Can Someone ID this boat? - Page 4 - SailNet Community
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post #31 of 38 Old 10-30-2011
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Small diesels are noisy.. often you can make improvements to the sound deadening if it's obnoxious.

Sails look OK, Quantum is good, but you'll have to put a breeze in them to see how they set. In any event certainly serviceable after the headsail has been set right.. plus there's another.

Nice new winches. A plus.... And the furler looks pretty good too. Plenty of recent gear here.

Surprised to hear the headroom is less than a C27..

Seeing light through un-cored F/G is not unusual, esp on a sunny day. As long as it's not through any structural gaps I wouldn't worry too much on that score.

The stove may be fine despite not being gimballed, but be sure it's properly protected by thermocouples, and over time it may tend to rust depending on what it's made out or.

For local boats of that vintage I'd expect a direct discharge head. It's only recently that holding tanks have been specified/mandated in BC. Adding a tank is not difficult though it will cost most of a boat buck...

The bilge appears a bit oily, but it's reasonably deep... I didn't see keel bolts which would point to an encapsulated keel.. is the ballast lead?

Dealing with '2-boat owners' is always in your favour.

There seems to be a lot of boat here and I think it would be worth proceeding with a survey to be certain. Good luck!

EDIT... cross-posted with Brian.. but we seem to agree.

Ron

1984 Fast/Nicholson 345 "FastForward"

".. there is much you could do at sea with common sense.. and very little you could do without it.."
Capt G E Ericson (from "The Cruel Sea" by Nicholas Monsarrat)
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post #32 of 38 Old 10-30-2011 Thread Starter
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Quote:
Originally Posted by mitiempo View Post
Shawn
Zincs probably, but why do you think it needs a new prop?
This was coming straight from the owner. He said it used to cruise at about 6kts on the engine, but now only does 4kts. I asked if maybe this was due to extra drag from the hull (since it hadn't been hauled out in a few years) but he seemed pretty certain it was the prop.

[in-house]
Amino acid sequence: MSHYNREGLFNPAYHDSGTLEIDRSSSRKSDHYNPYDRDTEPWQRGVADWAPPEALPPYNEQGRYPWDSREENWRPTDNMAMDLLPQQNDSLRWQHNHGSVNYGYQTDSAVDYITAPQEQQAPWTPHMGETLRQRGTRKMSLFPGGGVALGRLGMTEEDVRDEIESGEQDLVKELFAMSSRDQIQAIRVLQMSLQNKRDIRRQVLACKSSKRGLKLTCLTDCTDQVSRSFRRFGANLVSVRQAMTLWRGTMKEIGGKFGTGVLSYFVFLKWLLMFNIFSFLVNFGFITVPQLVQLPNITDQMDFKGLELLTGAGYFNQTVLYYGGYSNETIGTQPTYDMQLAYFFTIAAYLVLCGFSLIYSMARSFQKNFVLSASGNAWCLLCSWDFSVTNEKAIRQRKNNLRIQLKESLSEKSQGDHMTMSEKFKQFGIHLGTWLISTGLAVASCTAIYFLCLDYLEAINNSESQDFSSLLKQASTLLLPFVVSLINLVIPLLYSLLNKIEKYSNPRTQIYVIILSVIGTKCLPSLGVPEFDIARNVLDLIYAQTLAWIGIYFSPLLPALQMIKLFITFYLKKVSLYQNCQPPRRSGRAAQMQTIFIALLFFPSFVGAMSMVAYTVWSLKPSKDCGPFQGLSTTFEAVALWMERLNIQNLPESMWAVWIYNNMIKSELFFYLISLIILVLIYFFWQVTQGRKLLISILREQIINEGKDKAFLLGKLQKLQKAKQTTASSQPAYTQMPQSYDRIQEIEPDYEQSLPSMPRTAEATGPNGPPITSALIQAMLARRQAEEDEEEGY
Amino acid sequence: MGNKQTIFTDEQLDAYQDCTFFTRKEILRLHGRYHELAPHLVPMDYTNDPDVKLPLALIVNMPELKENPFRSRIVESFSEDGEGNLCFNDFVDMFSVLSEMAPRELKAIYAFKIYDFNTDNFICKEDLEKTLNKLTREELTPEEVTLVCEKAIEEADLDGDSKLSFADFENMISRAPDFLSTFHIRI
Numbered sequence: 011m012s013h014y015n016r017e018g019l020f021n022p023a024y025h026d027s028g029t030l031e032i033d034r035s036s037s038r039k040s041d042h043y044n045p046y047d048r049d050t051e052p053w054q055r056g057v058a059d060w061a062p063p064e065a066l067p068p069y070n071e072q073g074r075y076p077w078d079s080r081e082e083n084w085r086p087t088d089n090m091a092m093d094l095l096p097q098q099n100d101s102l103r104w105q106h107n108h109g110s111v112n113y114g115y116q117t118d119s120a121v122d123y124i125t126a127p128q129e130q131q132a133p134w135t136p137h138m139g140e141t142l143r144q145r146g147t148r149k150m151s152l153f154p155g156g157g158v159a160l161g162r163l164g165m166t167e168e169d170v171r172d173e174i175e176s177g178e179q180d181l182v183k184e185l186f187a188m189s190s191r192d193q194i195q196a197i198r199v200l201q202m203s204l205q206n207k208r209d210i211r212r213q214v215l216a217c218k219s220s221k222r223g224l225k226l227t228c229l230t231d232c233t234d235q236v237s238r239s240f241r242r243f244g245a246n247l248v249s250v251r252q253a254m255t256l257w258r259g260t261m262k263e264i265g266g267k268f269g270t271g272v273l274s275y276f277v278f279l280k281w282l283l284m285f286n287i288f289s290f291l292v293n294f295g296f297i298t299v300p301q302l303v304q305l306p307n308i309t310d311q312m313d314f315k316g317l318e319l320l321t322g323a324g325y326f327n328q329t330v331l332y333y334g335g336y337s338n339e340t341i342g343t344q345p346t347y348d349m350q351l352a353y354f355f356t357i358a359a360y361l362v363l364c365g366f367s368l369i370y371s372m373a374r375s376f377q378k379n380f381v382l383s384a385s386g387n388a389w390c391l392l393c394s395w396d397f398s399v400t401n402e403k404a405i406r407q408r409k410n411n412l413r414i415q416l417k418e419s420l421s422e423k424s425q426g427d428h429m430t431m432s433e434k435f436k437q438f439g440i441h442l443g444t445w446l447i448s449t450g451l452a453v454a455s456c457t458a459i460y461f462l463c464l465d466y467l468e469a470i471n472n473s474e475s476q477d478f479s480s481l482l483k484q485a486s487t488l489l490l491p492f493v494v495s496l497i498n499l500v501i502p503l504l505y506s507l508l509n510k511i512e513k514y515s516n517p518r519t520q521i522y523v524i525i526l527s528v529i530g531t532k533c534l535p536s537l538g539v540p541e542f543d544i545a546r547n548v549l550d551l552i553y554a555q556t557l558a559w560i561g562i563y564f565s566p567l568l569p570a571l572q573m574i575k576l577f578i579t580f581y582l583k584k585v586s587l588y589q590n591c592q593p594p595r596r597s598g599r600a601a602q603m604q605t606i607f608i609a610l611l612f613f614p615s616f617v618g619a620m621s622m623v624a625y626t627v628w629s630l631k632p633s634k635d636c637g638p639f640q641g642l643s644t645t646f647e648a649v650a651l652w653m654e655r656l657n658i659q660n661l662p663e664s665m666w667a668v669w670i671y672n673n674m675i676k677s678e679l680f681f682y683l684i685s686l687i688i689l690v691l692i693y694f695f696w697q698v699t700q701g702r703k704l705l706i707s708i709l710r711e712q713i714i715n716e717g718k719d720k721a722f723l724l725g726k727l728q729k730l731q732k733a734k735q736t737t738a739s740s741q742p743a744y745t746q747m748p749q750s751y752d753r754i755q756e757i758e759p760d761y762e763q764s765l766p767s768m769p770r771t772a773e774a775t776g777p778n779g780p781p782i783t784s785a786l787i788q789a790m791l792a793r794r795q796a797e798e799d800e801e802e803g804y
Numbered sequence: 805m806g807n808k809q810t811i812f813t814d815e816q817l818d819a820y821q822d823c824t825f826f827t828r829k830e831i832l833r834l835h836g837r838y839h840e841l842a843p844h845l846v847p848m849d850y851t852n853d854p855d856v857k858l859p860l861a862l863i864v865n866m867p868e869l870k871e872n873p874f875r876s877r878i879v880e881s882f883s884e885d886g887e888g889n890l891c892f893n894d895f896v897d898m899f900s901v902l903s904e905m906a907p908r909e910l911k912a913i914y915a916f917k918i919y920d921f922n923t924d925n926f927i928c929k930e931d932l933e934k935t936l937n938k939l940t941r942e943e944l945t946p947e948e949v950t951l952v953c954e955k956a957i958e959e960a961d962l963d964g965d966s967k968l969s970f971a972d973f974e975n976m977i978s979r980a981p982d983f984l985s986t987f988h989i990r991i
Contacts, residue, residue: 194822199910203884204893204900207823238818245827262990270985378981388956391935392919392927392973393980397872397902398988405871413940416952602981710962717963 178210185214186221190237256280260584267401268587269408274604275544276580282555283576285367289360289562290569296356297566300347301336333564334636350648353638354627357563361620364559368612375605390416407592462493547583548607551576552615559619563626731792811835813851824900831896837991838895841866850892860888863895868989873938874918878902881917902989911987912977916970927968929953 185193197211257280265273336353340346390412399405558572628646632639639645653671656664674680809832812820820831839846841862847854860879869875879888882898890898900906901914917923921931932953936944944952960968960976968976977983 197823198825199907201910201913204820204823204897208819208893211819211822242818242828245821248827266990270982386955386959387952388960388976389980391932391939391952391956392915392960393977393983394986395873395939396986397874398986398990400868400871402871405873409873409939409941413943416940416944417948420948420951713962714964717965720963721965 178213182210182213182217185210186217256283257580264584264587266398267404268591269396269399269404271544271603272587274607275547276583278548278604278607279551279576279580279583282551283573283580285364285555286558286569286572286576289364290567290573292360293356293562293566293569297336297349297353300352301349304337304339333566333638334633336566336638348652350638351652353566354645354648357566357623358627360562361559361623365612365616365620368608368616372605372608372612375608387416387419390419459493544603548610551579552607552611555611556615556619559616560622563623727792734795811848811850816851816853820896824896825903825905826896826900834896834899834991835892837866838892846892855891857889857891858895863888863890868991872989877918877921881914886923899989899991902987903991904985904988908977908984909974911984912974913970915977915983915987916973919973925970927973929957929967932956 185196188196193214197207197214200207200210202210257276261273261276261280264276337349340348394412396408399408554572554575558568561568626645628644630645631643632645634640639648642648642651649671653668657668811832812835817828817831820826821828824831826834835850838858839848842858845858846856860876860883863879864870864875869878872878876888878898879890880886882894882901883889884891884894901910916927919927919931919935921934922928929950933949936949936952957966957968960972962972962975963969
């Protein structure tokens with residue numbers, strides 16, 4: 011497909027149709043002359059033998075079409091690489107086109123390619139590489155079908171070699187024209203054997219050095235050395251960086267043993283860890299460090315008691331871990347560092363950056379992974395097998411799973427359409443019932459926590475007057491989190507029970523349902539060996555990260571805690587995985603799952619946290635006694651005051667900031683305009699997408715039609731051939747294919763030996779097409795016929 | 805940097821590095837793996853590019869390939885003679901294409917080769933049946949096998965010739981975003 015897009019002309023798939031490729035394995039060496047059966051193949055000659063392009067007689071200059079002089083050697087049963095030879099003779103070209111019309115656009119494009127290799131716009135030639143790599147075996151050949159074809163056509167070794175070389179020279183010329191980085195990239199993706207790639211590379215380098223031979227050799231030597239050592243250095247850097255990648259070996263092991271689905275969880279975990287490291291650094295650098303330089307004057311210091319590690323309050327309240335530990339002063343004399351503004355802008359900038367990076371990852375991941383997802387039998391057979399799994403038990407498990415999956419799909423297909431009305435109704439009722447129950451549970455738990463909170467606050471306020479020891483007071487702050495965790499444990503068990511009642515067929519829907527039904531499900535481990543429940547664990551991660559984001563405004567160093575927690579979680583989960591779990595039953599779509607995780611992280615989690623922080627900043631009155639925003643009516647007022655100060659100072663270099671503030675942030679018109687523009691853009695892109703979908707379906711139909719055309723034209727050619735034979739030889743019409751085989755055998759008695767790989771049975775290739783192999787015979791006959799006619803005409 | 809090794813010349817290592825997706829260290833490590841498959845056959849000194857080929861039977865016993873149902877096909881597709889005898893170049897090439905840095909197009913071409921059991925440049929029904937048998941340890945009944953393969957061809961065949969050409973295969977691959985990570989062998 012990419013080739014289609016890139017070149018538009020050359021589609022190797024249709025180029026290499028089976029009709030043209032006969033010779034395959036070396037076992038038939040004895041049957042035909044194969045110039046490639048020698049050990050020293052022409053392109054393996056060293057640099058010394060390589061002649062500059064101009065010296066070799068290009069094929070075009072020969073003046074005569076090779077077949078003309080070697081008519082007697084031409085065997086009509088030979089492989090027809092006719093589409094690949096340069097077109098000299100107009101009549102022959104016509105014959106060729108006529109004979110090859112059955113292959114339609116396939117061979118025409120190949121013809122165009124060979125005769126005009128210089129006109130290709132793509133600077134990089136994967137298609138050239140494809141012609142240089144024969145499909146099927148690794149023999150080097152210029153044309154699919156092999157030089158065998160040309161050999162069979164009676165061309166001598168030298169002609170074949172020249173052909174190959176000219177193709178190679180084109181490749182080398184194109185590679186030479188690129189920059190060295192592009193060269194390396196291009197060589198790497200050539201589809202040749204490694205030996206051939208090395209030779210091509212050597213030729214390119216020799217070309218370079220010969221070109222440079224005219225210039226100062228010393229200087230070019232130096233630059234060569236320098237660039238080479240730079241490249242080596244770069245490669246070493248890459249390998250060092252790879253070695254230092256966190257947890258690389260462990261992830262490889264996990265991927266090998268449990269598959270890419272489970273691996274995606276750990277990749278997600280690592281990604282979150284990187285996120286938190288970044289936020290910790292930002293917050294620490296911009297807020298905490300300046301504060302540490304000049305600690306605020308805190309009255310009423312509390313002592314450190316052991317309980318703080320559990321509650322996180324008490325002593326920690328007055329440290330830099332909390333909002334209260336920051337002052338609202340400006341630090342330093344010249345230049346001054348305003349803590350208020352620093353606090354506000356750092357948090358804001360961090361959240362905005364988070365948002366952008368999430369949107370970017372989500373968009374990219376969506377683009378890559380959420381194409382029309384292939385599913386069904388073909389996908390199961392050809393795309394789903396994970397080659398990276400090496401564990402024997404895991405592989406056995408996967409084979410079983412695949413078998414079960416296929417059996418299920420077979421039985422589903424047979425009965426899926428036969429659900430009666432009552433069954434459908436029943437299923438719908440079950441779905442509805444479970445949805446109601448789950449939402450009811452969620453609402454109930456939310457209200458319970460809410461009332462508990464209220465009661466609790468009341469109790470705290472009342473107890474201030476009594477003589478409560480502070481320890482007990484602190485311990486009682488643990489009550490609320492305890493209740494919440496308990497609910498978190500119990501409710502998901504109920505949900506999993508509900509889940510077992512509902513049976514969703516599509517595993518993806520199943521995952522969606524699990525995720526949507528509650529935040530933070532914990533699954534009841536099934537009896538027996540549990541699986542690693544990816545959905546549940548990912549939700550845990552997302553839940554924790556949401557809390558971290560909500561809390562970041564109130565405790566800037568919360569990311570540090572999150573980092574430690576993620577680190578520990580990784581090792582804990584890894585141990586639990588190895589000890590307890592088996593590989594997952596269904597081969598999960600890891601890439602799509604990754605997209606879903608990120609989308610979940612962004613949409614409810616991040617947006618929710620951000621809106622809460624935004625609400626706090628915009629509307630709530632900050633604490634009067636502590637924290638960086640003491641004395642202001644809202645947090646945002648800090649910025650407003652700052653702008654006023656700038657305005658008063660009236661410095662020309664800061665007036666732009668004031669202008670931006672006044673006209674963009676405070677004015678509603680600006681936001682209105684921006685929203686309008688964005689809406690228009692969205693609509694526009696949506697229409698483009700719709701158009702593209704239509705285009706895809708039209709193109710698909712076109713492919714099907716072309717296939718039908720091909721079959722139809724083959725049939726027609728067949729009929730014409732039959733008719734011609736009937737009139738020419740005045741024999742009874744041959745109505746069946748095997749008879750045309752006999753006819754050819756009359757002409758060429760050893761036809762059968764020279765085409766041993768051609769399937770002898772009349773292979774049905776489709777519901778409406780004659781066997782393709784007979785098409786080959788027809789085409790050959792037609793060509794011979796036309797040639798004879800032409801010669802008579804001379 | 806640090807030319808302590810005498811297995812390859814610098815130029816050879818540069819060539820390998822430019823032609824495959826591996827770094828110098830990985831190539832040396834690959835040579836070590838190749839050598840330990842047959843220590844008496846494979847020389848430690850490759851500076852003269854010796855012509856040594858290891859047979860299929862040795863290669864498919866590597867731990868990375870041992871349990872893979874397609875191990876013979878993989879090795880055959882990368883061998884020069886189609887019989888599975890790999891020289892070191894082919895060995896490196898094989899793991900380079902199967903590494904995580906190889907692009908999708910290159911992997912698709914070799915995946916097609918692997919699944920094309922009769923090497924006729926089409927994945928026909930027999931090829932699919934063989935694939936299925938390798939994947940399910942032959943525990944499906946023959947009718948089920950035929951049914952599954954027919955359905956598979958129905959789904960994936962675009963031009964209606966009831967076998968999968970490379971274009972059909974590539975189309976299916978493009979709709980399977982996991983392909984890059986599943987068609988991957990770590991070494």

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Headroom - how tall are you?
I'm 6' on the nose.

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I don't think Yanmar made a "9.9 hp" engine - that is an outboard hp rating. But it does look good. What model is it? 1GM 10?
I didn't think so either, but that's what they told me. I assume it's either an 8hp or 10hp; or maybe even a 12hp. They said it was a 2 cylinder but I think they all are, no? I couldn't find a model number that looked familar, but Yanmar research is on my "To Do" list.

EDIT: based on my pictures and the technical drawings on the Yanmar website I'd have to say it's a 1GM 10.

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Nice new winches. A plus.... And the furler looks pretty good too. Plenty of recent gear here.

Surprised to hear the headroom is less than a C27..
Yes I got the impression that they like to use quality gear. Several times he pointed to the boat next to this one (also a Sunstar) and pointed out the differences in gear used.

As for headroom I was surprised as well. I distinctly remember on the Cat 27 that I had to take my sunglasses off the top of my head otherwise they'd hit the deck head. On the Sunstar I actually had to crouch down a little or take a very wide stance. I'm guessing it's because there was more finishing items on the Sunstar (such as a very solid wood deck and a padded deck head) that it takes up that extra inch or so.


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Adding a tank is not difficult though it will cost most of a boat buck...
I'm not sure what you mean by this expression...

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I didn't see keel bolts which would point to an encapsulated keel.. is the ballast lead?
.
Just so I'm clear, an encapsulated keel is a good thing right? I'm not sure what the ballast is made of.

Being an engineer I like to know all the technical details, but I've had trouble getting some of them from these guys. They were very nice, and I didn't get the feeling I was being deceived, I just got the feeling they either didn't know or couldn't verbalize them.

Last edited by Pointy_End; 10-30-2011 at 04:07 AM. Reason: Update
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post #33 of 38 Old 10-30-2011
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A "boat buck" is a thousand dollars. (at least, that's what it means in these parts. remember, "BOAT = Bring Out Another Thousand") Although there are ways to install a holding tank that will be less expensive, to do it correct, will cost very near that number.
However, the front sail looks to be very repairable from those pictures. And to echo all the other sentiments, the "see through seam" more than likely is very normal. A good cleaning of the prop, driveshaft and bottom may bring that speed back up, then again, I'd never put too much faith in someone else's opinion of "speed" either. Those things tend to get exaggerated both ways.

All in all, from the pics anyway, it looks like a very clean boat. You could sure do a lot worse I'd imagine, although a proper survey will answer any remaining questions.